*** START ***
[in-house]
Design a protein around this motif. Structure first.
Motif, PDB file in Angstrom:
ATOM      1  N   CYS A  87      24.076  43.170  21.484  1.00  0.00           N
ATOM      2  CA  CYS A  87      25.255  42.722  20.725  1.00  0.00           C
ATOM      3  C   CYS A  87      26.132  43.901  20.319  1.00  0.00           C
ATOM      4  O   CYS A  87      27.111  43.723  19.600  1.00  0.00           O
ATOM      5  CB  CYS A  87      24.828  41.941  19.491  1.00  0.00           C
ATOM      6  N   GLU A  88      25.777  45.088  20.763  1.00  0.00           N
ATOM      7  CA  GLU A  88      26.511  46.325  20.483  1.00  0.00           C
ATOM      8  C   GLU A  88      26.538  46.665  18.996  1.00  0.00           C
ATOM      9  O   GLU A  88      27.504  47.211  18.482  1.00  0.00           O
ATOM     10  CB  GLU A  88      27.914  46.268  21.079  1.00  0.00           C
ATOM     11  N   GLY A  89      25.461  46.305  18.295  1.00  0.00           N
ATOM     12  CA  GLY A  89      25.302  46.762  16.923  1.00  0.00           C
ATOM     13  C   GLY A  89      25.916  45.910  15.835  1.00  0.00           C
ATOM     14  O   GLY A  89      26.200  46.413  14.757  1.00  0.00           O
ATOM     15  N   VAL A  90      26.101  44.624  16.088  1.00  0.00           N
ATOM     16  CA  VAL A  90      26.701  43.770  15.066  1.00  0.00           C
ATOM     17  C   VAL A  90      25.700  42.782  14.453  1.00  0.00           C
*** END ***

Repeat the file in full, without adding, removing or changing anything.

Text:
[in-house]
Design a protein around this motif. Structure first.
Motif, PDB file in Angstrom:
ATOM      1  N   CYS A  87      24.076  43.170  21.484  1.00  0.00           N
ATOM      2  CA  CYS A  87      25.255  42.722  20.725  1.00  0.00           C
ATOM      3  C   CYS A  87      26.132  43.901  20.319  1.00  0.00           C
ATOM      4  O   CYS A  87      27.111  43.723  19.600  1.00  0.00           O
ATOM      5  CB  CYS A  87      24.828  41.941  19.491  1.00  0.00           C
ATOM      6  N   GLU A  88      25.777  45.088  20.763  1.00  0.00           N
ATOM      7  CA  GLU A  88      26.511  46.325  20.483  1.00  0.00           C
ATOM      8  C   GLU A  88      26.538  46.665  18.996  1.00  0.00           C
ATOM      9  O   GLU A  88      27.504  47.211  18.482  1.00  0.00           O
ATOM     10  CB  GLU A  88      27.914  46.268  21.079  1.00  0.00           C
ATOM     11  N   GLY A  89      25.461  46.305  18.295  1.00  0.00           N
ATOM     12  CA  GLY A  89      25.302  46.762  16.923  1.00  0.00           C
ATOM     13  C   GLY A  89      25.916  45.910  15.835  1.00  0.00           C
ATOM     14  O   GLY A  89      26.200  46.413  14.757  1.00  0.00           O
ATOM     15  N   VAL A  90      26.101  44.624  16.088  1.00  0.00           N
ATOM     16  CA  VAL A  90      26.701  43.770  15.066  1.00  0.00           C
ATOM     17  C   VAL A  90      25.700  42.782  14.453  1.00  0.00           C